The city’s leader John Lee announced the giveaway at the launch of the Hello Hong Kong campaign at a briefing, saying it was “probably the world’s biggest welcome ever.” Lee highlighted a number of events coming up including the Rugby Sevens and city marathon in a speech given in English, Mandarin and Cantonese.
The government is seeking to revive the economy and repair Hong Kong’s global image which was damaged by often-violent protests in 2019, the imposition of tough security laws in 2020 and three years of self-imposed isolation during the pandemic. Gross domestic product shrank 3.5% last year, its third contraction in four years.
The tickets will be distributed through Cathay Pacific Airways Ltd., its budget carrier HK Express as well as Hong Kong Airlines International Holdings Ltd., Fred Lam, chief executive officer of the city’s Airport Authority, said at the briefing. The giveaway will begin at the start of March and last six months, he said, adding there will be different ways to win tickets, such as a lottery system and two-for-one purchases.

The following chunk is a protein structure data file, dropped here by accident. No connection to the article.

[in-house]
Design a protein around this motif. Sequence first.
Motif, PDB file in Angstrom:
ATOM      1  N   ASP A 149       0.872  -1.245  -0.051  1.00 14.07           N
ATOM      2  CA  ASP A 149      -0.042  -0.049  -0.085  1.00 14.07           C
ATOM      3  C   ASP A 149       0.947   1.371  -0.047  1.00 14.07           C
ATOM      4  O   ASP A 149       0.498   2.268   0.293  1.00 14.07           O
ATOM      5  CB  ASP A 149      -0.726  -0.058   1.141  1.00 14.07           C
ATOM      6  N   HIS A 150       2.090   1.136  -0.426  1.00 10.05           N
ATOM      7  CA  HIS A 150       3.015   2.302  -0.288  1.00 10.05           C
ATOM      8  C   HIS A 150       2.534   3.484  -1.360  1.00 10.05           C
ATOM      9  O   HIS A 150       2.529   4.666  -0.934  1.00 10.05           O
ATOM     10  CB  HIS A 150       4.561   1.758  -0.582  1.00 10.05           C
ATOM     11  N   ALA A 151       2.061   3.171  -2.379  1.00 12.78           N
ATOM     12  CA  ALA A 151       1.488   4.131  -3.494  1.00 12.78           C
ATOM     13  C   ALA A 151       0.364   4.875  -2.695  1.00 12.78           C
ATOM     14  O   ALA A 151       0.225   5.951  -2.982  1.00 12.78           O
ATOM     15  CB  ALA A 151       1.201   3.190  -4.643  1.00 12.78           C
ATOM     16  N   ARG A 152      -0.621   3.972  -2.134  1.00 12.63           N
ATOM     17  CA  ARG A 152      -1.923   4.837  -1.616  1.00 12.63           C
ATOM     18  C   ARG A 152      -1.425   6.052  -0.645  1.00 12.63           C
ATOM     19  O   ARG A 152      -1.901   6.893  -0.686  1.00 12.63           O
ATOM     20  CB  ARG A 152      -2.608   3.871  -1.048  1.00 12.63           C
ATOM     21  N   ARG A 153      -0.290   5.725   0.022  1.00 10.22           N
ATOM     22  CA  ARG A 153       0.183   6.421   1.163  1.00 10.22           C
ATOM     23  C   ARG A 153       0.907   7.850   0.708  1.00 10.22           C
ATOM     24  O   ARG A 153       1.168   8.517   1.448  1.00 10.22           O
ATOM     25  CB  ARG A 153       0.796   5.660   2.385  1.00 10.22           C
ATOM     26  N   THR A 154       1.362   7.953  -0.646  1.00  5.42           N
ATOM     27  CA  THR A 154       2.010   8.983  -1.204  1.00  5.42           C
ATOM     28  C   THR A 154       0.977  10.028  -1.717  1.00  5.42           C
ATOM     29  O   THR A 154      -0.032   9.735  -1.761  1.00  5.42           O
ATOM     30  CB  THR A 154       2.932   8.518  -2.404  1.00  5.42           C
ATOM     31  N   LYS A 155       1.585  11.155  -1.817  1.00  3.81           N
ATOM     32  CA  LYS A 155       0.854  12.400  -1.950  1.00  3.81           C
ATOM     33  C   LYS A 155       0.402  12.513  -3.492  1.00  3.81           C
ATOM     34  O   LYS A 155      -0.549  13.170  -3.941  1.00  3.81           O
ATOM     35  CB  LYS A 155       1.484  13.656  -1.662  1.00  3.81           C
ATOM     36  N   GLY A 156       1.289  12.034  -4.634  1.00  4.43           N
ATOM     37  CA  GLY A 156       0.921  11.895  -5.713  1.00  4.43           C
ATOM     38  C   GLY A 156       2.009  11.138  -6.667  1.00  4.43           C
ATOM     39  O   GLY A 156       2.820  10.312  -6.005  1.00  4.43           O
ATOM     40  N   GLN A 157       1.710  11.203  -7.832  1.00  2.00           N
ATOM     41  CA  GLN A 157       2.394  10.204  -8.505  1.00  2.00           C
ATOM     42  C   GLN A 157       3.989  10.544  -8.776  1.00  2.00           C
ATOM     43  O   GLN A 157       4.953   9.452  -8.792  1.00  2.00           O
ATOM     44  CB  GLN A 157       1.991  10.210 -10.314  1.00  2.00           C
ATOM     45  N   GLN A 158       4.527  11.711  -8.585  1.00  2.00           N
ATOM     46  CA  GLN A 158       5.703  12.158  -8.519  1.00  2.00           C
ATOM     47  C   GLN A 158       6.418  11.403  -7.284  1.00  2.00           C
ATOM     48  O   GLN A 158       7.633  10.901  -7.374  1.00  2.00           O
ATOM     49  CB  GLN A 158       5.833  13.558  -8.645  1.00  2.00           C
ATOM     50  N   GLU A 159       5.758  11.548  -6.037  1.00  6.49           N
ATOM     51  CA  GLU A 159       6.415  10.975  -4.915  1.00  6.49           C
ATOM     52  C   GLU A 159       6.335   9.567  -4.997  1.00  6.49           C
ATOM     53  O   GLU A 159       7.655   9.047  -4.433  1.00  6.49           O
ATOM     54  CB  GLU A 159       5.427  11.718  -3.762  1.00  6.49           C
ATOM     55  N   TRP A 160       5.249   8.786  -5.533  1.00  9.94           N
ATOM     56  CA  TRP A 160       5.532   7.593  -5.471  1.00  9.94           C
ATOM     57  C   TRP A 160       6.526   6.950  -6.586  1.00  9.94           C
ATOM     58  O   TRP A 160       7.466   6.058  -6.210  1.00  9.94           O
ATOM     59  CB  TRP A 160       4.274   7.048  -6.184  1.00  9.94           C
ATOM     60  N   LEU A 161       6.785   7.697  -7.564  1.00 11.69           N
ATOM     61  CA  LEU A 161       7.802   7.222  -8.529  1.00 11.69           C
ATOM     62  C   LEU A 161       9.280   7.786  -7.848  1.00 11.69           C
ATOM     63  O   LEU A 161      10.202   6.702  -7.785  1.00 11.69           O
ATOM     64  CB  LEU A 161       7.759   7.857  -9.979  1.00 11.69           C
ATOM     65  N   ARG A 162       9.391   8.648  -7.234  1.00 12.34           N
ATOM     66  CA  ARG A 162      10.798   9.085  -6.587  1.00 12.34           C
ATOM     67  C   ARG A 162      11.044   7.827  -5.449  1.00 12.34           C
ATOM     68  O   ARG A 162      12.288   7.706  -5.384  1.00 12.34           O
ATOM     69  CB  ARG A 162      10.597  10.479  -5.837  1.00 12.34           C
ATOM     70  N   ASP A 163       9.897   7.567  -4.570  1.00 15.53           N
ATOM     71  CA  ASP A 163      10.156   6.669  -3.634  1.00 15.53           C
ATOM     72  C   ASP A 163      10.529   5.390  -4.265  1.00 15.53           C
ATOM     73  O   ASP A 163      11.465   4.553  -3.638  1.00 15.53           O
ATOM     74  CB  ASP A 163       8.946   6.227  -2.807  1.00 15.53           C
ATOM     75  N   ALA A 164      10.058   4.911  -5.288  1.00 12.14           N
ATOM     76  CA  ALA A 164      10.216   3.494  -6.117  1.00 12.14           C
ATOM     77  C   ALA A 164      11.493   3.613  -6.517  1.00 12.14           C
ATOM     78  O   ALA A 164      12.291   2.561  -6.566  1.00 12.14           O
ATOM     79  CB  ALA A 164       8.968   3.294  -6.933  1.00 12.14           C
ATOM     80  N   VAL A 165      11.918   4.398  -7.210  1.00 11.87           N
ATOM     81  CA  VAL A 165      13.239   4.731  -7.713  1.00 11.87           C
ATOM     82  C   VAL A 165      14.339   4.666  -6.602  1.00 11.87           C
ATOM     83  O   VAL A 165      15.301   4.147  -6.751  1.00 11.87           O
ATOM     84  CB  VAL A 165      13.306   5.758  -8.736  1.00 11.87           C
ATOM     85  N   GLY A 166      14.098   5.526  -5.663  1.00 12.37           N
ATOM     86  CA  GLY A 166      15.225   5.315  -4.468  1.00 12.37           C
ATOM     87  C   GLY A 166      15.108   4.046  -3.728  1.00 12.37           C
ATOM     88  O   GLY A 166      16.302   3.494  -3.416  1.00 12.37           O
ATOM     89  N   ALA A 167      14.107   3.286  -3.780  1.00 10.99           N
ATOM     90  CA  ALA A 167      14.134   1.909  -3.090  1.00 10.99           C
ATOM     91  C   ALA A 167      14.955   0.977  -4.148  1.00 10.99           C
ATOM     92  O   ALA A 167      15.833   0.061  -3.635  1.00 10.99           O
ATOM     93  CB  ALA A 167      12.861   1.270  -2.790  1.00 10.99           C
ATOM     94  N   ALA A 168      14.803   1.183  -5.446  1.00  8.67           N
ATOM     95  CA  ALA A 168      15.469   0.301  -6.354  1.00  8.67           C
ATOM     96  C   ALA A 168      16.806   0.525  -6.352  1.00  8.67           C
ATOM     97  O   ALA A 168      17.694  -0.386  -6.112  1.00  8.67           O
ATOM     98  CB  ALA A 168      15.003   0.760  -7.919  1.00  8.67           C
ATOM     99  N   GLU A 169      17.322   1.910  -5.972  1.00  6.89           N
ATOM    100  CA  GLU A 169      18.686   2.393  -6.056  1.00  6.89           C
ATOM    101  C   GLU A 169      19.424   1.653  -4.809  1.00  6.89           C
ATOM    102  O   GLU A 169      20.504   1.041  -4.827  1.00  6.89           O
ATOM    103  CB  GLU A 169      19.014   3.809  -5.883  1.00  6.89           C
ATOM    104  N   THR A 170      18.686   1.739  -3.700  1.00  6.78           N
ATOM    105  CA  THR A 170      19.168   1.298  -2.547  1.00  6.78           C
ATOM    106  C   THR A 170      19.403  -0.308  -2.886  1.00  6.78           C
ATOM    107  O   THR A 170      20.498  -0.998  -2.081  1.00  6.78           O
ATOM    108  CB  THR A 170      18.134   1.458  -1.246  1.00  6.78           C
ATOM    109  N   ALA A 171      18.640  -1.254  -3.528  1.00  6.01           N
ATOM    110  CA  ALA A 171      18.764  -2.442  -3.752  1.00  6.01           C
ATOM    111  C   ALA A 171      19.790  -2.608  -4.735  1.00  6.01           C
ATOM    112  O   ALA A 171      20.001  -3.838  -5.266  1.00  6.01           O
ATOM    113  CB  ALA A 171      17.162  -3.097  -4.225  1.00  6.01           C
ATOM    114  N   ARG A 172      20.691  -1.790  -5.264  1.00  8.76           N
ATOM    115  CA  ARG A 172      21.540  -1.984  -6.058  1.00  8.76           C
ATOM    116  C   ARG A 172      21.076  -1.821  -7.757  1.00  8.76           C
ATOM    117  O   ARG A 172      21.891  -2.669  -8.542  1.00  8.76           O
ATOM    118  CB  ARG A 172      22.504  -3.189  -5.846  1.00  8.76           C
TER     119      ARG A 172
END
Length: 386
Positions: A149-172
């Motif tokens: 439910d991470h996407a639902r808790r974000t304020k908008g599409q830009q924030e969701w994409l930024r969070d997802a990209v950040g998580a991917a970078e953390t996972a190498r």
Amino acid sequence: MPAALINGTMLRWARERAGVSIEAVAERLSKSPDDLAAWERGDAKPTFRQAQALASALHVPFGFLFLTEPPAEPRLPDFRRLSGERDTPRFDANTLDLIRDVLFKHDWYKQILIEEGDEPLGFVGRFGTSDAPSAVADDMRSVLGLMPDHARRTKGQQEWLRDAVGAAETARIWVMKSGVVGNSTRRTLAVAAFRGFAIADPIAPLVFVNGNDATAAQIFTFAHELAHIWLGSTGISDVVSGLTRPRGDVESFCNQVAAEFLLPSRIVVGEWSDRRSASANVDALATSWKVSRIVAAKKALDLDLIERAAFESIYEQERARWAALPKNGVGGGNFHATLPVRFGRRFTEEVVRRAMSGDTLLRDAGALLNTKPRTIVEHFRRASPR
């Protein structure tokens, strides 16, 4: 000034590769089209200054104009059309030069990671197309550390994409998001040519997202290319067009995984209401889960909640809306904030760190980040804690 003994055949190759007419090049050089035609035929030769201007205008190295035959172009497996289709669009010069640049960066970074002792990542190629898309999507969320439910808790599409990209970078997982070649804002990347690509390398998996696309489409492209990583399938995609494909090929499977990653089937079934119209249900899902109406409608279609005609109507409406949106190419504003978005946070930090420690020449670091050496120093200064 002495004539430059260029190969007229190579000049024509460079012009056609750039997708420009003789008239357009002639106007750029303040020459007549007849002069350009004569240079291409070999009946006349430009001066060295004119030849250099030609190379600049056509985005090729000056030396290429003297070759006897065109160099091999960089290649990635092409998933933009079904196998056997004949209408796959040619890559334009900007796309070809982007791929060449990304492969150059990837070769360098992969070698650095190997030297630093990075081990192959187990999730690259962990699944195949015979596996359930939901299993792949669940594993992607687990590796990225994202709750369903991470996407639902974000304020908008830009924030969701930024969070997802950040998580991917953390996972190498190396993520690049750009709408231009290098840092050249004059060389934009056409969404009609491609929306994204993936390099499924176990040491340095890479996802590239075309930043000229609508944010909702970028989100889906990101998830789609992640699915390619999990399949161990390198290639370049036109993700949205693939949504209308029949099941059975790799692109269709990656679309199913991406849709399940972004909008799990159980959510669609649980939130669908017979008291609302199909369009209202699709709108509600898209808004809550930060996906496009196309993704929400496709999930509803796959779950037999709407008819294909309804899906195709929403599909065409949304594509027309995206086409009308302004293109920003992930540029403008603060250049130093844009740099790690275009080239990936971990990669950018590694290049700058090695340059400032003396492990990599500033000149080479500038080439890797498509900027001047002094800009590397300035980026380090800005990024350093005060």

Hong Kong received some 605,000 visitors last year as the city slowly dropped its Covid restrictions, up from 91,000 in 2021, according to the local tourism board. That compares with almost 56 million in 2019 before the pandemic hit.
The ticket giveaway may pressure airlines. Cathay Pacific’s flight capacity at the end of last year was 32% of its pre-Covid level. Hong Kong was Asia’s busiest international airport prior to Covid. The Airport Authority purchased the tickets in 2020 as part of a HK$2 billion ($255 million) rescue package for the airline industry.
The city will also hand out 80,000 air tickets to Hong Kong residents in the summer, and another 80,000 to residents of the Greater Bay Area, Lam said.
Moves are underway to boost the number of visitors from the rest of the country. Testing requirements and a quota system for mainland Chinese visitors are set to be dropped, while three more border crossings with the mainland will reopen as early as Monday, the South China Morning Post reported. The border reopened last month for the first time in three years.
Natixis SA estimates Hong Kong’s economy lost $27 billion in potential growth due to the effects of the pandemic and the city’s strict Covid curbs.
Hong Kong’s only remaining pandemic-era restriction is mandatory mask wearing in public places. The city’s leader Lee said this week he hopes to remove the mask mandate when the winter surge is over, without giving dates.
— With assistance from Jill Disis, Danny Lee and Olivia Tam.